The following entries were written in the Perl category:
Version 1.041 of RDF::Query hit CPAN a few days ago.
I’ve been working on a bioinformatics project involving lots of suffix trees. The project involves generating suffix trees for each genome in a set, and using them to generate small profiles of the genome signatures.
I’ve been putting a lot of work into pure-perl RDF classes recently, and have been frustrated by some ongoing issues.
I went to Audrey’s fantastic “Deploying Perl 6” talk last night at the Boston.pm meeting at MIT.
It made my day to hear online yesterday that my pet project, RDF::Query, was saving someone’s ass at work.
I’ve just uploaded a new version of RDF::Query (version 1.028) to my site, and it should be available from the CPAN shortly.
I’m psyched to hear about Josh McAdams’ proposed BitTorrent Peer Library For Perl.
My MT-Redland paper just got accepted to SFSW at ESWC2005. Now I need to figure out how to make some changes without going over the page limit.
Spurred on by Libby’s work with cross-querying with Joseki, I’ve put up v1.014 of RDF::Query which will run queries with proper FILTERs, including custom function filters. Here’s an example of a custom function for finding images within a certain radius of a point.
I’ve resurrected my RDF::Query project, and added initial SPARQL support (with the new Turtle syntax!).
I’ve just put version 0.007 of MT-Redland online. This release mostly addresses the speed issues I talked about yesterday, which have been greatly improved. Also, I’ve got initial support for SKOS categories in CVS.
I’ve put up version 0.004 of MT-Redland, and I think it’s coming along really well. Here are some updates including screenshots of the interface to add semantic metadata, and a new search results page based on an RDQL query.
I’ve put up a new version of MT-Redland (v0.002), with a bunch of new features including hooks into the MT CMS code, allowing interface changes to the edit entry page.
In the spirit of release early, release often, I’m posting a first draft of a Movable Type ObjectDriver (storage backend) that uses Redland and mysql.
Well, PostgreSQL didn’t scale well, either. It hit a wall above 3 million rows (data from New England, California and Alaska). I’ve moved on to developing an R-Tree-based database in hopes that it will scale to the size of the entire Tiger/Line dataset.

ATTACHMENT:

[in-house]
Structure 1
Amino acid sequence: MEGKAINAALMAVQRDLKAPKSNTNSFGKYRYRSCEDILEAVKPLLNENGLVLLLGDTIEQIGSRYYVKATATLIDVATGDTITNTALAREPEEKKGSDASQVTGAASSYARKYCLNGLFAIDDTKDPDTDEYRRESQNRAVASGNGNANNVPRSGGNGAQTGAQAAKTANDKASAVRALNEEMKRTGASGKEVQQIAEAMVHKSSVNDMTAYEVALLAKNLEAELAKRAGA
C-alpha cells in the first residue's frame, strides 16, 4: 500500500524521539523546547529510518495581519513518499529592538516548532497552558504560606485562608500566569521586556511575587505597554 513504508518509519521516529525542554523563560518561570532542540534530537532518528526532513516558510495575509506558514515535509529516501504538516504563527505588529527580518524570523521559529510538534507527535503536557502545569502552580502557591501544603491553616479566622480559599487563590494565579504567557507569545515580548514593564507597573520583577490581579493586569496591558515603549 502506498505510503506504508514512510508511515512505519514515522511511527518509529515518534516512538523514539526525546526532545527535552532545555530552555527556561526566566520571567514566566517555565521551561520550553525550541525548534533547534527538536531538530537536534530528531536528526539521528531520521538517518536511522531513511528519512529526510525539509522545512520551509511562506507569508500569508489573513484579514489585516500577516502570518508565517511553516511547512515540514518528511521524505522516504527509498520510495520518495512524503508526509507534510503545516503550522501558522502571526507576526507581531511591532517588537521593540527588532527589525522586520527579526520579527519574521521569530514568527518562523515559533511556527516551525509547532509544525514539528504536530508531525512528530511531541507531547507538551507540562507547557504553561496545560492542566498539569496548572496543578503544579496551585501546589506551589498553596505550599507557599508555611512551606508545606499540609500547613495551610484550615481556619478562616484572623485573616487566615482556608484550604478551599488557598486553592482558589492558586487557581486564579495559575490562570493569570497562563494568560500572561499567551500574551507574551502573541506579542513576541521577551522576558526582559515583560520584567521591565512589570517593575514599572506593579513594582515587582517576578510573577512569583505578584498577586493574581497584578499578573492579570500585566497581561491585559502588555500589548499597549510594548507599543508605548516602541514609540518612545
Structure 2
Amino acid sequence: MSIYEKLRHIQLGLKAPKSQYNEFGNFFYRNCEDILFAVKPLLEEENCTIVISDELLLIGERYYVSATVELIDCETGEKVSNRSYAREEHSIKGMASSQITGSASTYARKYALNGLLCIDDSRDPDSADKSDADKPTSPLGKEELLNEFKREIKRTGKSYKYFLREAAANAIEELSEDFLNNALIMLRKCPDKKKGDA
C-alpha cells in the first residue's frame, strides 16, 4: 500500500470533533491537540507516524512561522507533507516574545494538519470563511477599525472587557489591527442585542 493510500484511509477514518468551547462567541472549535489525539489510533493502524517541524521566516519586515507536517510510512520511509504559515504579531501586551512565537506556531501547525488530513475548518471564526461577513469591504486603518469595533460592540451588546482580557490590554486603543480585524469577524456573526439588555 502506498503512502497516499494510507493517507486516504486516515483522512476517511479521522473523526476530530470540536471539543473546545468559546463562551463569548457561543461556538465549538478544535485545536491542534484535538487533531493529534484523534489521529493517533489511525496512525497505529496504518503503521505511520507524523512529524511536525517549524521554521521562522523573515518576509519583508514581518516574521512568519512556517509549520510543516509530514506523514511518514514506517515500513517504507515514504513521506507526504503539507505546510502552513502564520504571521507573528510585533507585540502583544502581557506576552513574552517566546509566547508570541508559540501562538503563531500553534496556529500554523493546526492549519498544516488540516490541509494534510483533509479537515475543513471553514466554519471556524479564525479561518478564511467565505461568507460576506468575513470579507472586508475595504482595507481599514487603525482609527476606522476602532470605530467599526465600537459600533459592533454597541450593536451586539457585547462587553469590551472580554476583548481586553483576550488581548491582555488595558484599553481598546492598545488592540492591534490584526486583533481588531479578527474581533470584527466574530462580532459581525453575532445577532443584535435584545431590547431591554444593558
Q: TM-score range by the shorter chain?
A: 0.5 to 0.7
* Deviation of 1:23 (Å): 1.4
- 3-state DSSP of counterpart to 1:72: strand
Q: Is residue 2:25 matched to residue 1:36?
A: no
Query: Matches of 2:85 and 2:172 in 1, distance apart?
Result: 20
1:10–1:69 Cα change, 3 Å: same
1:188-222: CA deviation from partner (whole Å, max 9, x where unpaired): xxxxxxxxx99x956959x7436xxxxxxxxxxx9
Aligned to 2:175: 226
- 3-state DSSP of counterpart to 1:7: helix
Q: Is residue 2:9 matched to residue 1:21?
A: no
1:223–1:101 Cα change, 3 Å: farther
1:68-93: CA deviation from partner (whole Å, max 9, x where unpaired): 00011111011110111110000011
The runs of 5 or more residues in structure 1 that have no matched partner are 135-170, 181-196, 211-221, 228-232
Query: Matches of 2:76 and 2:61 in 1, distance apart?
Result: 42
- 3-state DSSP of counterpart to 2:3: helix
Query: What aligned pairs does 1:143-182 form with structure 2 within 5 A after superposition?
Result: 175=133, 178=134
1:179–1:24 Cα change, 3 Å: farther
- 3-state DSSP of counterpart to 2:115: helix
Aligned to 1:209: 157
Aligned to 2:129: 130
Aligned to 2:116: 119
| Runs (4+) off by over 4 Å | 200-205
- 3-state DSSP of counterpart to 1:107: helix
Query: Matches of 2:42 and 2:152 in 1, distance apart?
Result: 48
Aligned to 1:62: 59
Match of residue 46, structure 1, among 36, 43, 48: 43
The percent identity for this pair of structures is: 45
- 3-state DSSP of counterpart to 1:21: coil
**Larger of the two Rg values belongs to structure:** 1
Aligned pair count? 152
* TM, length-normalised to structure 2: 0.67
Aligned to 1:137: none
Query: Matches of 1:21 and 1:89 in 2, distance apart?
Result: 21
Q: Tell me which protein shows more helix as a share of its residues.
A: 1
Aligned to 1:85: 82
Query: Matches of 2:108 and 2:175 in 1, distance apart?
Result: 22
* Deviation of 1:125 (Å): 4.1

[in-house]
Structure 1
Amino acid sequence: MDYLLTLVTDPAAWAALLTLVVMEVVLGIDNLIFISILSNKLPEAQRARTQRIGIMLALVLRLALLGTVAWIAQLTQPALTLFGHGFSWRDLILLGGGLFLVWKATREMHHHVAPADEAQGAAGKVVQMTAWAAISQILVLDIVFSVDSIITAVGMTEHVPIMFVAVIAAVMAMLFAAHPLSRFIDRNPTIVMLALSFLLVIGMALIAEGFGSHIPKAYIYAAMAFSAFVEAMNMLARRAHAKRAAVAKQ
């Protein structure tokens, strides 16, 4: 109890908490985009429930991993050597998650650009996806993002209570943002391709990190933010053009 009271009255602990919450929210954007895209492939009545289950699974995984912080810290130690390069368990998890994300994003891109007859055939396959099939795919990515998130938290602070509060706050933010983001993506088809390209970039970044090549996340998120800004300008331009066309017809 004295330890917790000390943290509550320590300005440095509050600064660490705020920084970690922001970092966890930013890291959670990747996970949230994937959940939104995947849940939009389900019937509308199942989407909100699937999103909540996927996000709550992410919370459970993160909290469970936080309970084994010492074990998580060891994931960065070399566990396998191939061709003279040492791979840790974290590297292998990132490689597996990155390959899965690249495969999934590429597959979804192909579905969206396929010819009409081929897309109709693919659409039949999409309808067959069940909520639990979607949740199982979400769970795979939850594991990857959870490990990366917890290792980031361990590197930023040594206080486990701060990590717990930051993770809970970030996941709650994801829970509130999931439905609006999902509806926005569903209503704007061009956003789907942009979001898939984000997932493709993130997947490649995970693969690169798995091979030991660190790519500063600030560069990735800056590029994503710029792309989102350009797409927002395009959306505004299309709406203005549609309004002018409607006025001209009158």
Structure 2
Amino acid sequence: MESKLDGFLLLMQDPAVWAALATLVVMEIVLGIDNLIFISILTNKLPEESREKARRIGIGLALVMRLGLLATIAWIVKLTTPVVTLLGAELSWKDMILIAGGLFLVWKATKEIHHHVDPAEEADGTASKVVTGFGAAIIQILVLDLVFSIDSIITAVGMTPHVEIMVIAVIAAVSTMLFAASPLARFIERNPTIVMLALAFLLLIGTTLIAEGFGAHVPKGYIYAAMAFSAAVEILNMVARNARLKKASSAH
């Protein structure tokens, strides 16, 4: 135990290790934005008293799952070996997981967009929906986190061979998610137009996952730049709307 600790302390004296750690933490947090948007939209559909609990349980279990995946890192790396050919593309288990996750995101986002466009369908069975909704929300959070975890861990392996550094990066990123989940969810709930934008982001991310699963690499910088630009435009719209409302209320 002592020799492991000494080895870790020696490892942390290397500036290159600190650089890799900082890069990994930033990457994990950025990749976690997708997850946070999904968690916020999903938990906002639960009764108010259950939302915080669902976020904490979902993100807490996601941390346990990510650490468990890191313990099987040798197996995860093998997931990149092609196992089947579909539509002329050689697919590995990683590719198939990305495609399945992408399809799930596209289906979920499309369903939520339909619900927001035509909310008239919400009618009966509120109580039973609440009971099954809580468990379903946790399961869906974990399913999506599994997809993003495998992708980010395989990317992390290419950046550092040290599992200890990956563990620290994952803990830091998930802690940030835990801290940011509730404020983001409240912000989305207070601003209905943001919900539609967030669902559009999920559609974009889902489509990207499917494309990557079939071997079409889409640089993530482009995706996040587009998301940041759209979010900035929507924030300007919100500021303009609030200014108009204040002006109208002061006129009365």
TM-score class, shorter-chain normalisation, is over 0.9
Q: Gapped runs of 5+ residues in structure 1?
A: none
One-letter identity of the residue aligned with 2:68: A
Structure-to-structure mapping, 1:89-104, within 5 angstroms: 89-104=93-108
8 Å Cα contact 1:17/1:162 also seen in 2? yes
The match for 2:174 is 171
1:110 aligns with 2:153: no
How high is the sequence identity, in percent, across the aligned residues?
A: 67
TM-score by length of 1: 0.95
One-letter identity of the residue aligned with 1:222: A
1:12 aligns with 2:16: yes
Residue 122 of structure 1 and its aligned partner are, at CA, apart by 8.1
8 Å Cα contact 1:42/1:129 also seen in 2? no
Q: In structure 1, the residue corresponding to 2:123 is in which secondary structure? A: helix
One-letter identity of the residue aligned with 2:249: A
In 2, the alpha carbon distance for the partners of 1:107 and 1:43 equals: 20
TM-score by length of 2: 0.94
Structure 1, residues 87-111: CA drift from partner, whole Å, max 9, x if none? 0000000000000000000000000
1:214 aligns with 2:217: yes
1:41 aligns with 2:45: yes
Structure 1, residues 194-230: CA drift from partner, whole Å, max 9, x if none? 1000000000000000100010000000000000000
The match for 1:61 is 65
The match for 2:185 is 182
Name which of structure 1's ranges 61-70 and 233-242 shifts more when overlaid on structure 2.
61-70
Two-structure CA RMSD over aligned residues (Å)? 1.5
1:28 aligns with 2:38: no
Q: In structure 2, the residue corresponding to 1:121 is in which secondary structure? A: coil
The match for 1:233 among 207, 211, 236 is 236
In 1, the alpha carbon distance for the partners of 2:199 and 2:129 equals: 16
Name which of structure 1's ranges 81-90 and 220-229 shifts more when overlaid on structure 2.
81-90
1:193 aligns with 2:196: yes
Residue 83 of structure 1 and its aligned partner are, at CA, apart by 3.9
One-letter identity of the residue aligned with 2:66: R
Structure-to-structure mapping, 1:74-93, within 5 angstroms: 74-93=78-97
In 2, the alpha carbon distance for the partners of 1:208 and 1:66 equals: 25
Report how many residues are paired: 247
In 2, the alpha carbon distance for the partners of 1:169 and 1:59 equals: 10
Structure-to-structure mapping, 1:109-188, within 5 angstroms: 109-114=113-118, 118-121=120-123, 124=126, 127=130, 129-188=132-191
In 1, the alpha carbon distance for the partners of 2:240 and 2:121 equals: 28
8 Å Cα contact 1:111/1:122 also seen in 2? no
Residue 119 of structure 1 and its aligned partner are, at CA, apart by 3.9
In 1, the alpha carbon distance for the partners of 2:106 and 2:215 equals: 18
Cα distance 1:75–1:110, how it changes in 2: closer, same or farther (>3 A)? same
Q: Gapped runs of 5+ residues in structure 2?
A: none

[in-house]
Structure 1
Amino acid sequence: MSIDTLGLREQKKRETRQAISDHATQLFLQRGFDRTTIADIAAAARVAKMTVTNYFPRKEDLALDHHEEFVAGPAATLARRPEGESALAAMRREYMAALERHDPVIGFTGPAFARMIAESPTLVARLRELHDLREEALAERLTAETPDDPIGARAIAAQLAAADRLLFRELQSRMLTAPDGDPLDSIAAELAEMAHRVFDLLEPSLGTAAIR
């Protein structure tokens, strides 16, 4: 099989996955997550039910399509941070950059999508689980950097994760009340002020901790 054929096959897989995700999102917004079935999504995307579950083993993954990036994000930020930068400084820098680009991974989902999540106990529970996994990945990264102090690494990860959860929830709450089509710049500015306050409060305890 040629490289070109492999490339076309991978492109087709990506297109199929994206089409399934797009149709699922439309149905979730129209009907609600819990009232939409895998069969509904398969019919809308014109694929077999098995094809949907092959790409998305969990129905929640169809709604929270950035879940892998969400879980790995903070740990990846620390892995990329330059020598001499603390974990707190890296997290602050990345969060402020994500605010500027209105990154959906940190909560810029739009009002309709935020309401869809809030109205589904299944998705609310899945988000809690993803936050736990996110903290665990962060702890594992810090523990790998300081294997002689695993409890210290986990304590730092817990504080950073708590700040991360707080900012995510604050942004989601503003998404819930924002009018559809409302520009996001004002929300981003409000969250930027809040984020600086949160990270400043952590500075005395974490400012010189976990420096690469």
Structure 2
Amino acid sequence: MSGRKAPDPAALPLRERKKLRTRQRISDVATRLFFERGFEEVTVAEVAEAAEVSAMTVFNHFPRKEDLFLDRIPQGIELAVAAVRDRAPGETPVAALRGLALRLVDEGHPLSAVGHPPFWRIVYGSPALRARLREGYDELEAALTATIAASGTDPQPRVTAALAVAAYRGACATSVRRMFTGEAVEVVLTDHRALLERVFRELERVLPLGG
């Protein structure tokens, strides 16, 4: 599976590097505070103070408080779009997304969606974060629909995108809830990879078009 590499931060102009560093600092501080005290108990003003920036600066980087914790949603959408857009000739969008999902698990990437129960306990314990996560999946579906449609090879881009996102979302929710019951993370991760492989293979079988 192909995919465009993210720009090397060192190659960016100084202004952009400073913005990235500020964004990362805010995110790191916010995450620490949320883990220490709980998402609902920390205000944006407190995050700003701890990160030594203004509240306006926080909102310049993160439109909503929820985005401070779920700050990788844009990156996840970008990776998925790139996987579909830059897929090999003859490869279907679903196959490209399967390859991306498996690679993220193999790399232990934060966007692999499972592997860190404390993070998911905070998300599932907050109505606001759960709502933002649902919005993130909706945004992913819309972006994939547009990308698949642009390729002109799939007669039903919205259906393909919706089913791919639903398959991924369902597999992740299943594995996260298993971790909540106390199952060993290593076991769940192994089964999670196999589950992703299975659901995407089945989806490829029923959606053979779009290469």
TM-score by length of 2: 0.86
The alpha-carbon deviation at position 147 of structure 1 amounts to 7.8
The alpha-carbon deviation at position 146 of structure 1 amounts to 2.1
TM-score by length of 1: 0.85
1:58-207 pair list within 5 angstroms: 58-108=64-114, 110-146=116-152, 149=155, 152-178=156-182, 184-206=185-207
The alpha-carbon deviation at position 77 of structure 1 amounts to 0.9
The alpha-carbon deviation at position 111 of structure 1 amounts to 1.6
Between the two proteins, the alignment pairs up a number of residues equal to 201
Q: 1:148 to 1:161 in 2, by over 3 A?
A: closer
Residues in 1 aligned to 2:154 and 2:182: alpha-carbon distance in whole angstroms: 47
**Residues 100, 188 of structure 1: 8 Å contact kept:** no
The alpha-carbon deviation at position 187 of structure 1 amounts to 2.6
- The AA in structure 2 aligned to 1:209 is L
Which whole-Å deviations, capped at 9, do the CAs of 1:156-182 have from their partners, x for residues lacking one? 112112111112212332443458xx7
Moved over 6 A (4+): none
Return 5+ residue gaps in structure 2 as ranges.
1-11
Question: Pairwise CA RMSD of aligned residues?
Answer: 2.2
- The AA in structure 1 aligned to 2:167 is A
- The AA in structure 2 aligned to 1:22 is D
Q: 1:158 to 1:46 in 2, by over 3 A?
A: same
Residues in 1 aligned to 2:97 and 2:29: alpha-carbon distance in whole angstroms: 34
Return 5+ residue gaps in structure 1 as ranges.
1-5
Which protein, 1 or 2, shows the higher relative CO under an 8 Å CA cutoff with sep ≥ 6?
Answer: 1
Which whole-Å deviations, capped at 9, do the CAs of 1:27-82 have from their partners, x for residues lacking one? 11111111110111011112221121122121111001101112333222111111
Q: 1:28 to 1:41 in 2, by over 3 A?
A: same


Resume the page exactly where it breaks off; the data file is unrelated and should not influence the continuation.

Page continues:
MySQL support for spatial geometries is broken. There is no Distance() function, despite there being documentation for one. I’m trying to use PostgreSQL, but having only limited success.
I’ve been seeing a lot of the family, and doing a lot of programming.
And now I’m at MIT waiting for the start of the Boston ACM meeting and Dan Sugalski’s talk “Parrot in Detail.”
Encouraged by a rumor heard at last night’s Boston.pm meeting that my forests and frogs made the cut, I’ve finally slogged through the whole of Apocalypse 12. Sure enough, my RFC 254 gets a full thousand words of coverage, being solved in a most excellent way.
It appears that the RFC I wrote nearly four years ago for Perl 6 has been accepted by Apocalypse 12.
This weekend, I bolted an RDQL query onto RDF::Core in roughly 225 lines of code, and 25 lines of grammar. No matter how many times I look at it or use it, I’m always blown away by the power of Parse::RecDescent to implement a parser and lexer in such a perl-ishly concise manner.
I haven’t decided yet whether this is mildly clever or absolute nonsense, but I recently started using a Quantum::Superpositions object as my debug flag.
No matter how often I think about it, I’m always very impressed by Damian Conway’s programmer-friendly approach to his software design.
Work progresses on the IMAP server code, although I’ve apparently broken Outlook support. Go figure.
Dan knows “how the Lisp folks feel.” It seems his challenge to handily beat Python at running native Python bytecode was dismissed without much thought.
I really wish I had time for my old projects DB::Query and BingoX. I still find I can sneak in some time here and there to keep up to date on CSS and follow the developments on some of the…
It’s a great feeling to have things just come together all at once. Today I worked on my thesis for 12 hours straight, and got more work done on it than I have in many weeks. Of course, twelve…